Seems like a great concept: every year as we put away our Thanksgiving platters, and take out our Christmas tree, we think about the Elf and all the merriment he’ll bring our children in December. We plan his pranks, and antics – the blue milk, the tiny sooty Elf footprints leading away from the fireplace. We set him up riding Dinosaurs and breaking chunks off the family gingerbread house and it’s just so freaking adorable. But is Elf on the Shelf actually bad for your kids? Are we setting our children up for years of disappointment by shoving so much magic and merriment into one month? Maybe…
Why Elf On The Shelf Is Actually Bad For Your Kids
1. Food poisoning. Blue milk sets a bad precedent. Think about it – sure, blue is fine for December when it’s a one-time thing and the Elf is there to take the blame. But what are we teaching our kids? What happens when they go to drink lumpy milk? Or sour milk? The Elf’s not around anymore, mom and dad. Someone’s going to have to take the blame for that upcoming tummy ache.
2. I-Spy. Do we really want our kids thinking it’s okay to live in a police state? That little Elf is nothing more than a mischief making snitch. I mean, yeah, we ask Alexa for everything like she’s Rosie from the Jetsons, but at least Alexa doesn’t judge us when we eat an extra cookie or stay up a little too late watching Game of Thrones and end up calling in ‘sick’ to work the next day. That Elf? Yeah, that Elf is nothing more than a big ol’ tattletale.
3. Mischief managed? Once we tell our kids that the Elf can come alive, they might start to think their other toys can come alive, too! Or, at very least they might think that WE think their other toys can come to life. Remember that little girl who blamed her nail polish accident on her Barbie? That’s going to be ALL of us!
4. The Bunny and Fairy. Once kids have experienced that magic that is Elf on the Shelf, they’re going to expect a whole lot more from the other magical creatures in their lives. Santa gets a bit of a pass because it’s Christmas, but what about the Easter Bunny? Or the Tooth Fairy? Unless you want to spend weeks plotting out fairy footprints and bunny trails (and you do NOT want to think about what a bunny would leave behind them on a trail), that Elf has got to go! Nobody has time for magic year round!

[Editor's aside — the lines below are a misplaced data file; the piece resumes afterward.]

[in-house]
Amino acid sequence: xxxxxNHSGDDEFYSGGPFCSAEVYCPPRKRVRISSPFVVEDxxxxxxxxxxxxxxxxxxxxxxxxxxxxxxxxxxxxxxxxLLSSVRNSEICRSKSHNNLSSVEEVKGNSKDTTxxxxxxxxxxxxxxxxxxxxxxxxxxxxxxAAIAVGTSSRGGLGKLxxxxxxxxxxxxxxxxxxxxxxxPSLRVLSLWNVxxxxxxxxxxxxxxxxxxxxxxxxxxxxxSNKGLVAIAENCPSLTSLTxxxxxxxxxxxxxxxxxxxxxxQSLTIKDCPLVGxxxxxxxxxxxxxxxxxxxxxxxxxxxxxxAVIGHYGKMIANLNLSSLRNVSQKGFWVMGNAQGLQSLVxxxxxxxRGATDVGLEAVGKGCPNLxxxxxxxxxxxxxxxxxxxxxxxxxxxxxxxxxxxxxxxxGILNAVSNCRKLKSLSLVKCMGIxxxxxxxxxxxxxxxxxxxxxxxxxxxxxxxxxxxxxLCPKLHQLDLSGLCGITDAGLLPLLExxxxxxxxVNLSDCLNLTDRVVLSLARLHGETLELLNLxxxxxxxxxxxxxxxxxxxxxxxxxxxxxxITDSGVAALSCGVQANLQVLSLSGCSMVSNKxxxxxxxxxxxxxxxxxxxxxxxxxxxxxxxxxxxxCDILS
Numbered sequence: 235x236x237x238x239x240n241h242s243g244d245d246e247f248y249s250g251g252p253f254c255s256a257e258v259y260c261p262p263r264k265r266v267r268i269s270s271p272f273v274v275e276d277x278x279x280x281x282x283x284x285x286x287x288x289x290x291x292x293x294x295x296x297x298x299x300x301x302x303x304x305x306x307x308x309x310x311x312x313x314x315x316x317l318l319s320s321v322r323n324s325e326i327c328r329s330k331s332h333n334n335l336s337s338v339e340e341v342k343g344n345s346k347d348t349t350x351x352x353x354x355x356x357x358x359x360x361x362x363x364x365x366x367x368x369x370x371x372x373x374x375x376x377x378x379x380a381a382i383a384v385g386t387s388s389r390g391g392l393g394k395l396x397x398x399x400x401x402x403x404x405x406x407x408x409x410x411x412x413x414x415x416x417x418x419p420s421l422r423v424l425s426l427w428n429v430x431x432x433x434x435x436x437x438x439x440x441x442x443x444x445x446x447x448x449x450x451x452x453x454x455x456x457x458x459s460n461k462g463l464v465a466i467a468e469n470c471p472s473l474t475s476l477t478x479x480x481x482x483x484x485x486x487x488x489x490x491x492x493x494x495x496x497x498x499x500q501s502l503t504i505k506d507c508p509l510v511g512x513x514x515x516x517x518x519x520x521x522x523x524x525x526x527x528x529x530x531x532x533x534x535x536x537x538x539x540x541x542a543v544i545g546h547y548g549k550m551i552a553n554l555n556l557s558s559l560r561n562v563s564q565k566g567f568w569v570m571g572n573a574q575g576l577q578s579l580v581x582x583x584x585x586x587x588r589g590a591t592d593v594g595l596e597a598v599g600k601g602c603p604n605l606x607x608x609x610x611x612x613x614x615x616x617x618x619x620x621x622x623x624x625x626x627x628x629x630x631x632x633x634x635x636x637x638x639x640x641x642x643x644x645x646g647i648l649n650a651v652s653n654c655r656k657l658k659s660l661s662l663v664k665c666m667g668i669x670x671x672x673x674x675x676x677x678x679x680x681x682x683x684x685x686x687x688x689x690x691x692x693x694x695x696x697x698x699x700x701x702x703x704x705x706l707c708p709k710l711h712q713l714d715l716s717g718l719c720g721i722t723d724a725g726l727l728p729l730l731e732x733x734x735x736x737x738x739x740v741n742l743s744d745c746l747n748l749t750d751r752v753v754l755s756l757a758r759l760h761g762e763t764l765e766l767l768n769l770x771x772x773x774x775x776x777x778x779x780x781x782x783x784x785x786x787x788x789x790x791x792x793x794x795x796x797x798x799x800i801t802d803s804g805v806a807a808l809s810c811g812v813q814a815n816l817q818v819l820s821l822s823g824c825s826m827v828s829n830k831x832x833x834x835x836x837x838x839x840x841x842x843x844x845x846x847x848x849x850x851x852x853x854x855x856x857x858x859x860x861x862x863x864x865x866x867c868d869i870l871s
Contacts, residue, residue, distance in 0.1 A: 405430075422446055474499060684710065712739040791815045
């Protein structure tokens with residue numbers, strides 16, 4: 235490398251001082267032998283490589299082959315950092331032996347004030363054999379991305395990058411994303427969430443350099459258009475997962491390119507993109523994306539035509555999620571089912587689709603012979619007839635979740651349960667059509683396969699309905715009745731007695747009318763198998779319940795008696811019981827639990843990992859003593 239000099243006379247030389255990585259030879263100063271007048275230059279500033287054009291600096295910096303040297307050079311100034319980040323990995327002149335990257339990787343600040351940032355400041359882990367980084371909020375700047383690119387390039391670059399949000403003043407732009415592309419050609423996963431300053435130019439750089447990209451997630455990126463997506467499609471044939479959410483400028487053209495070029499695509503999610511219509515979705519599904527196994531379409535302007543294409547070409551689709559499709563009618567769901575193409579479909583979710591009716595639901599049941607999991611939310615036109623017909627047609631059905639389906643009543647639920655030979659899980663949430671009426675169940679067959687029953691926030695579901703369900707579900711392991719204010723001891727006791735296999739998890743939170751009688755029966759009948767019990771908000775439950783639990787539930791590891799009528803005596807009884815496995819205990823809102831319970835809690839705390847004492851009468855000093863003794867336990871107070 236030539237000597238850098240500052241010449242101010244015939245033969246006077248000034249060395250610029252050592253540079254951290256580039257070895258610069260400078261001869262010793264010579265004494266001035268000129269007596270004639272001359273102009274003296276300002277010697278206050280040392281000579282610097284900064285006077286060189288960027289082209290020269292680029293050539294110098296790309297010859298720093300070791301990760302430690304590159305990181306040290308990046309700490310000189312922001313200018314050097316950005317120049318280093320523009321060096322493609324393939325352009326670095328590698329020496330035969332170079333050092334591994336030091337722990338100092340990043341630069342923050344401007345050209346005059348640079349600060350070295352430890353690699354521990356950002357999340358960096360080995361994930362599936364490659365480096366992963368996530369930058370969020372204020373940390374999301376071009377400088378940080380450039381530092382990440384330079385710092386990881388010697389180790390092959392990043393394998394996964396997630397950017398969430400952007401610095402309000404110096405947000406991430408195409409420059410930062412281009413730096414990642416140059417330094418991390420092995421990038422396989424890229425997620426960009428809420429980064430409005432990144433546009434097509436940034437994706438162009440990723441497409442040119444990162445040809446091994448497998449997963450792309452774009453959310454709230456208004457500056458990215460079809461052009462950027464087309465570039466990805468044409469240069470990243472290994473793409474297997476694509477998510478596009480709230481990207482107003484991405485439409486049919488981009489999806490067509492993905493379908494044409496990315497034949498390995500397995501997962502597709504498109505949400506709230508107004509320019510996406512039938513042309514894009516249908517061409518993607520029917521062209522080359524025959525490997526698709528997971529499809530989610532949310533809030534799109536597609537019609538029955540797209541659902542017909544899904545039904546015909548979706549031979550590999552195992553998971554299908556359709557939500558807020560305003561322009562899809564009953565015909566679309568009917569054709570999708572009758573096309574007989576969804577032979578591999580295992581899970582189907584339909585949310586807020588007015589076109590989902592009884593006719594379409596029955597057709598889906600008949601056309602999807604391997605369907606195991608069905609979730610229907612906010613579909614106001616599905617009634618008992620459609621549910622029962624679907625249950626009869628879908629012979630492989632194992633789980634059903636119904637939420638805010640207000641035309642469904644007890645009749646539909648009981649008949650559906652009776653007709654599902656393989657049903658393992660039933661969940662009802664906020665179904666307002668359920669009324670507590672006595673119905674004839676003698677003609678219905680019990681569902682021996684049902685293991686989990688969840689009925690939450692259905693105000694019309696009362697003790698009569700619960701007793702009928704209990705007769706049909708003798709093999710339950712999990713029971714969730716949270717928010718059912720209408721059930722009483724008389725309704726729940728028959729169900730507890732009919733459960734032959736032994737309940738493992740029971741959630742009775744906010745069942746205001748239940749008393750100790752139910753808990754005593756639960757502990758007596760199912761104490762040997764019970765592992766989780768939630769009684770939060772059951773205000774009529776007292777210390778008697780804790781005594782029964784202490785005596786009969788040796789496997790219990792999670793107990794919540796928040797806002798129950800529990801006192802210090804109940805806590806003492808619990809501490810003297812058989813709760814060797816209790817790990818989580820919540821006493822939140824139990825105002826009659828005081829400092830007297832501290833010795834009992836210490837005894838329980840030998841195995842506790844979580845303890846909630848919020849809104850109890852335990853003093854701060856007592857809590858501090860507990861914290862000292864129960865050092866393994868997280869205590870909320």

5. Silent night. It’s inevitable: at some point you’re going to forget to move the Elf. December is busy enough without shuffling that elf from room to room night after night. So at some point your little Drexel is going to wake up and wonder why his Elf is dead. Do you really want to have to deal with Drexel’s tears and heartache right before he takes that second grade spelling test? No. The answer is no, you do not.
6. Other kids. You KNOW someone in Lulu’s preschool class has parents who don’t believe in the Elf. And they’ve told that kid the truth. And that kid is going to tell YOUR kid and that drama is going to be a royal nightmare to try to resolve. Remember what Lulu was like when she came home and the fish died? Imagine dealing with the death of Christmas at four-years-old. It’s just not going to be pretty, folks.
Bottom line: Elf on the Shelf seems like fun and games in theory, but things aren’t always candy canes and cookies once the Elf comes out of the box. Sure, you can create a magical and wonderment filled month for your little darling, but will they ever experience such glory again? I mean, other than next Christmas? And every time they lose a tooth? And when the Easter bunny brings them random toys and candy and hides presents in eggs for them to find? And of course on the Fourth of July when the air catches on fire and creates bright and magical shapes? And on Halloween when ghosts and ghouls come back to life? No. The answer is no.